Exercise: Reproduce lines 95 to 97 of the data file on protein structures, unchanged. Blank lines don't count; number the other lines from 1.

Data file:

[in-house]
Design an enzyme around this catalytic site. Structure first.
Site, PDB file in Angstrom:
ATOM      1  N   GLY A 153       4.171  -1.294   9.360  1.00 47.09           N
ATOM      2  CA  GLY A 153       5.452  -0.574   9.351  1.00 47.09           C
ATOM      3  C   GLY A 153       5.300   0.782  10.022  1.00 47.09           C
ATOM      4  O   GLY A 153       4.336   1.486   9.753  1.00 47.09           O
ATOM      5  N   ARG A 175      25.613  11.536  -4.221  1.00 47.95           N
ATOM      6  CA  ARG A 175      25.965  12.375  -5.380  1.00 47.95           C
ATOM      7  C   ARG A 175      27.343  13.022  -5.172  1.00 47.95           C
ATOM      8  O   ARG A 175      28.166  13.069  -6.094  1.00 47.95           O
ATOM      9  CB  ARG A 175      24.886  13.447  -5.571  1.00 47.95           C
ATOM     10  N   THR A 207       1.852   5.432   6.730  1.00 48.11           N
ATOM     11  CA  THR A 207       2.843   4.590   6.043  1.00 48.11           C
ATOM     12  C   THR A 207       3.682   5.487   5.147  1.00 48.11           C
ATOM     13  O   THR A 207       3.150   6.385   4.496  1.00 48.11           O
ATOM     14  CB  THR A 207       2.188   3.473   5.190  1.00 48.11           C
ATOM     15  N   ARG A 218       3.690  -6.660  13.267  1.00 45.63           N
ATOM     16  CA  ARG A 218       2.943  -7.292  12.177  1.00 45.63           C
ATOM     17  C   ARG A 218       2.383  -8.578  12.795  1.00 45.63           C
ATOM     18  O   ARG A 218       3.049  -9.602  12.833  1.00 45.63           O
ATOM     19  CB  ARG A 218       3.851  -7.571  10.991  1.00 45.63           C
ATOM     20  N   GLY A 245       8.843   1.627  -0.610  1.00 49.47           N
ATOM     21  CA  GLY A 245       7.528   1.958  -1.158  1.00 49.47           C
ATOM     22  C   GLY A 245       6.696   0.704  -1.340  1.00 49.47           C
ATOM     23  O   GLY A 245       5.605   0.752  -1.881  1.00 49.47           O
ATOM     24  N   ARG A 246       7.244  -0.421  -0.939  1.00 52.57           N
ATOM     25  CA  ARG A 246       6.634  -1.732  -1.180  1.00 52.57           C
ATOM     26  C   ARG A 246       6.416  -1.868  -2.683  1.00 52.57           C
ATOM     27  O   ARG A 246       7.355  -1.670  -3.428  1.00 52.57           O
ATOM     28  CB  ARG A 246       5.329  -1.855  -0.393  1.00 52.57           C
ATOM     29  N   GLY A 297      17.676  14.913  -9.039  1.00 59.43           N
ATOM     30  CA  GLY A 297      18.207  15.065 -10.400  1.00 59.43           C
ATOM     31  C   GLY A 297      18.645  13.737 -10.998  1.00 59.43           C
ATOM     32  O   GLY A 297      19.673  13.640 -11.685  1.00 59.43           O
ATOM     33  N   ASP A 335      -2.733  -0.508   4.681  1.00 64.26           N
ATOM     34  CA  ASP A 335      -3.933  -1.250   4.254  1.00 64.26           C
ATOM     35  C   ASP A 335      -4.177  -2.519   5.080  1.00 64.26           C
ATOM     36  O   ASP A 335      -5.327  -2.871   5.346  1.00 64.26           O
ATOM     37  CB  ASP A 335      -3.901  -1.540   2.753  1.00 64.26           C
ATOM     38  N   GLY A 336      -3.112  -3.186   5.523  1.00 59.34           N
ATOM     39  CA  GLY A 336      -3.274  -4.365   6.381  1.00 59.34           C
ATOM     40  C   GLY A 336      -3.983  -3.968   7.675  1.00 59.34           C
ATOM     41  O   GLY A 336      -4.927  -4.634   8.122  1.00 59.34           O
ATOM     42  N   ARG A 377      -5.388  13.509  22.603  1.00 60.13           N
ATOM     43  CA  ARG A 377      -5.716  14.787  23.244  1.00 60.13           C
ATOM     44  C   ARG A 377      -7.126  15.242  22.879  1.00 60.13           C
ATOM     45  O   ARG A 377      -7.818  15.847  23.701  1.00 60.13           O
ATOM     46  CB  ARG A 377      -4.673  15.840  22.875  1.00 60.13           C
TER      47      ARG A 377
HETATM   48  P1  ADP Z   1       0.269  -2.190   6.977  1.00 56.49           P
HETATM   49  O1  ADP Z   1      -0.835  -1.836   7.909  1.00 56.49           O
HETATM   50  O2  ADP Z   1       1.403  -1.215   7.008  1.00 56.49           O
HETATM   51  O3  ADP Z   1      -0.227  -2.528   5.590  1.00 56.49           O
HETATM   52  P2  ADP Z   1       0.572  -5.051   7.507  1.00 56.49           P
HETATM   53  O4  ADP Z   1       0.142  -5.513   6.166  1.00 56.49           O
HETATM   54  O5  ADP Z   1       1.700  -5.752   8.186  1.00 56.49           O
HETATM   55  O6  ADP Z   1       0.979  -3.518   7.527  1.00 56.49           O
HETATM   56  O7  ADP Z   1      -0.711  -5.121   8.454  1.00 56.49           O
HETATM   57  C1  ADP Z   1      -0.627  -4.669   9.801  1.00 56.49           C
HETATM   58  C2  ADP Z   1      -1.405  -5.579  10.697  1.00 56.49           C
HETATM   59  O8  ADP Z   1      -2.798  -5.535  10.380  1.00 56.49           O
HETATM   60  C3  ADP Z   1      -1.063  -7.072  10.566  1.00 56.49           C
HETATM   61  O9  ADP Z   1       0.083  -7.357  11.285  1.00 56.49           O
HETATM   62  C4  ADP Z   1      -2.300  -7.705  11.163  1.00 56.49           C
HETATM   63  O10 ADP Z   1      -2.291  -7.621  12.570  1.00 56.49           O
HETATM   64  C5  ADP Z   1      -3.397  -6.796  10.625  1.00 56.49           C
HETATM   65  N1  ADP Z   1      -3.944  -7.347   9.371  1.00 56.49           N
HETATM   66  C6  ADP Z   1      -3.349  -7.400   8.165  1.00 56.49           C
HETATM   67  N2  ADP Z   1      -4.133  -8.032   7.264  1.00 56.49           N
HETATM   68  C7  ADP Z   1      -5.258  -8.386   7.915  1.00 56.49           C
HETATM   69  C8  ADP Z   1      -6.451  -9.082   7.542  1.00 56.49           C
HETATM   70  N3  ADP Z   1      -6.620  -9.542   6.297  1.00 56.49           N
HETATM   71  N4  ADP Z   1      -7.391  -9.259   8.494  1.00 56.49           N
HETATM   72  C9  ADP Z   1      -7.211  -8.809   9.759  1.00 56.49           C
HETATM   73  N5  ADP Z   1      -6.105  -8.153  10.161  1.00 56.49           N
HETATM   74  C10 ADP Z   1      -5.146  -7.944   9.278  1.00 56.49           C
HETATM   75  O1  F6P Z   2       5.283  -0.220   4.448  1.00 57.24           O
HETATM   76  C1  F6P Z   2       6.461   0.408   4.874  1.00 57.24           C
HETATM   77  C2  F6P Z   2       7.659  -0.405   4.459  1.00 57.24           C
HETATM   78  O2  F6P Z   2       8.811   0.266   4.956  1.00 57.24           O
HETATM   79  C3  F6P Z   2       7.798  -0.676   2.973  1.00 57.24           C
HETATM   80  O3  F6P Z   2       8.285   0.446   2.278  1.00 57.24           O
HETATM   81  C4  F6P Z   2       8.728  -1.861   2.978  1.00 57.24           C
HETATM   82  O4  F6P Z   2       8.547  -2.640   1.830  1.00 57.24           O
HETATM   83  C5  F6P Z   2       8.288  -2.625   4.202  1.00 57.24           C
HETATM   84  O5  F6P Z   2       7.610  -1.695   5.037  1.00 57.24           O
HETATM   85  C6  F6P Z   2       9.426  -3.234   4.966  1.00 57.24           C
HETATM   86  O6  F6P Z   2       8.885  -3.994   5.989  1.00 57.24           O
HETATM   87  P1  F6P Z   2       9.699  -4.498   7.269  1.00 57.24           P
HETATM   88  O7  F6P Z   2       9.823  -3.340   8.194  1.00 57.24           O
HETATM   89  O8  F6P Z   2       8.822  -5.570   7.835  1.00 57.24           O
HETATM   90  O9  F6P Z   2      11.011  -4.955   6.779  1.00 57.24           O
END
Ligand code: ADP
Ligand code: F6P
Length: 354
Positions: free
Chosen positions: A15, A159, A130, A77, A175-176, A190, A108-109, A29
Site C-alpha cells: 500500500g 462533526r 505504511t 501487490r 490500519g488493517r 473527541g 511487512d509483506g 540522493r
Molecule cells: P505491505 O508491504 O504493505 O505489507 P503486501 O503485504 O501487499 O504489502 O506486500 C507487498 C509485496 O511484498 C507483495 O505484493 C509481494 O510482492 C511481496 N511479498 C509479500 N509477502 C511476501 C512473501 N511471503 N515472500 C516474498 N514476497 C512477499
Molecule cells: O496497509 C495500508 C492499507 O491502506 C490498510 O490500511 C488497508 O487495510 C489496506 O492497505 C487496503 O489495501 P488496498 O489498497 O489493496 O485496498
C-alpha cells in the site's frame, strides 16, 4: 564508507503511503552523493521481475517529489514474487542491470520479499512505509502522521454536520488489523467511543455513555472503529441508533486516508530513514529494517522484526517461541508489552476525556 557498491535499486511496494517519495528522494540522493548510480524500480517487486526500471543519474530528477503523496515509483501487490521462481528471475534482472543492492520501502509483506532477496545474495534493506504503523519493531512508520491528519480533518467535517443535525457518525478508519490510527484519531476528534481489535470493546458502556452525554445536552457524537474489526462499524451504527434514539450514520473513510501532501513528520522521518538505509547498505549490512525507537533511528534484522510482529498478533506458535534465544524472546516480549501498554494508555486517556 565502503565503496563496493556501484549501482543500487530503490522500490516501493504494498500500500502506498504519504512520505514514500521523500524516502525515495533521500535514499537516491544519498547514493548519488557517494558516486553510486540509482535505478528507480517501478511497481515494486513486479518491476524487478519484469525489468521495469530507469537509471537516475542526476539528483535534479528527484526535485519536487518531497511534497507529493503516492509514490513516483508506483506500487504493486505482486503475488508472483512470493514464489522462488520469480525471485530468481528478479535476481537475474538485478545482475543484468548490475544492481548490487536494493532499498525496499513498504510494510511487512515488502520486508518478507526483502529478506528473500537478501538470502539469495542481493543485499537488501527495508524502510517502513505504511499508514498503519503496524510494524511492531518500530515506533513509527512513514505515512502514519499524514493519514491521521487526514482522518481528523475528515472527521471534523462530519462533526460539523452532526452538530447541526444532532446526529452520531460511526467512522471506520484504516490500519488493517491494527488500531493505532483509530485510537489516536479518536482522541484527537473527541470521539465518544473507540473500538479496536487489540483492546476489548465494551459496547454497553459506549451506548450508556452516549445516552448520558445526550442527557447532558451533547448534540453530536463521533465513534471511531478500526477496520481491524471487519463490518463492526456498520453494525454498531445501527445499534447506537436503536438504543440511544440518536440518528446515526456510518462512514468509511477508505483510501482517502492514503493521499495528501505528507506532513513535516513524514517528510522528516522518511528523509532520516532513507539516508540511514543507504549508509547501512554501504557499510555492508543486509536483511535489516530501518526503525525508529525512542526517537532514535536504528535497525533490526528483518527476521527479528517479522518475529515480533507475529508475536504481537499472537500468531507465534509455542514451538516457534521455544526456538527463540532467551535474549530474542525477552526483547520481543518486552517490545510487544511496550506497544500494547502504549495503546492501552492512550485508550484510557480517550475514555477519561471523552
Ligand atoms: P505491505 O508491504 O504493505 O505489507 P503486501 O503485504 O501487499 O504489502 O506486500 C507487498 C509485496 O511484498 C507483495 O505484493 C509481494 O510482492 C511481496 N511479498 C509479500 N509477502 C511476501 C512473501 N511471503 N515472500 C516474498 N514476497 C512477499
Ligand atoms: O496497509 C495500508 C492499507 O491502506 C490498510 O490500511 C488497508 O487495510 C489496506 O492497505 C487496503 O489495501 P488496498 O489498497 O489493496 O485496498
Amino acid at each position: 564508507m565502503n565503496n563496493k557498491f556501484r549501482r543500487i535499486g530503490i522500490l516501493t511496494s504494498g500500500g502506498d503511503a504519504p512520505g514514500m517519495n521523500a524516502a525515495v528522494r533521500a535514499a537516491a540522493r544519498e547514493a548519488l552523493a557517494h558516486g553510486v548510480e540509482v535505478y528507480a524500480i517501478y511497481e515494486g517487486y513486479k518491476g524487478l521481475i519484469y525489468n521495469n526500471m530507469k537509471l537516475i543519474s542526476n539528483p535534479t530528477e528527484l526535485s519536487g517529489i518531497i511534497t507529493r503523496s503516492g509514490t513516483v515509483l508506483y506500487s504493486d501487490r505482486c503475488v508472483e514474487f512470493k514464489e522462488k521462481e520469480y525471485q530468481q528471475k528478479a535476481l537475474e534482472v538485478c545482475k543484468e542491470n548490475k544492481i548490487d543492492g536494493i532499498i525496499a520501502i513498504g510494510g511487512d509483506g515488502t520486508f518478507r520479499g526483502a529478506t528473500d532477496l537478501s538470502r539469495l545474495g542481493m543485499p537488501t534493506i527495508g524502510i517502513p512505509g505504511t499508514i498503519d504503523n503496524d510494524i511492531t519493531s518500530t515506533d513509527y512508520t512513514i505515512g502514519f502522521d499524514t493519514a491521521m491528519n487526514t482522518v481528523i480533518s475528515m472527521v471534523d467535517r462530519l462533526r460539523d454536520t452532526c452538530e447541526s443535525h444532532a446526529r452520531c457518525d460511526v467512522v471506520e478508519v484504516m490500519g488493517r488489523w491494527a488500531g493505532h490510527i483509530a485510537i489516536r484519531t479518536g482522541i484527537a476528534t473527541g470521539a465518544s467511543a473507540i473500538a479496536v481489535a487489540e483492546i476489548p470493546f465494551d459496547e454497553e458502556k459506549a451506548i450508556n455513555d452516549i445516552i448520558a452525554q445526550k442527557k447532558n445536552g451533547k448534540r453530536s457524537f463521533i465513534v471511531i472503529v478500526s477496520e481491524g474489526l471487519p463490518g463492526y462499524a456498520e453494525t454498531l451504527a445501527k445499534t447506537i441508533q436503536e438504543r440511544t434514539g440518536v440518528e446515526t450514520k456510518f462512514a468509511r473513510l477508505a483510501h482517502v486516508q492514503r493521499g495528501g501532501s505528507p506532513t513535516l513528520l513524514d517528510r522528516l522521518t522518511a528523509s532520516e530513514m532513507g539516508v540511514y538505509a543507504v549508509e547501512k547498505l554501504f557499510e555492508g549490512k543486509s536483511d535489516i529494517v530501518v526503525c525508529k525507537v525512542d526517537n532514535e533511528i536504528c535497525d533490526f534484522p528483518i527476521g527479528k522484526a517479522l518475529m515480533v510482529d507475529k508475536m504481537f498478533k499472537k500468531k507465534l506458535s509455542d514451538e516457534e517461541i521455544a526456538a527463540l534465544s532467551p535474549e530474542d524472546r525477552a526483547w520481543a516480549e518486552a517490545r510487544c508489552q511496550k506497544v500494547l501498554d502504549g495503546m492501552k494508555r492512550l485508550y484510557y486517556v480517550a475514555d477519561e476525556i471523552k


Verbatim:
Ligand code: ADP
Ligand code: F6P
Length: 354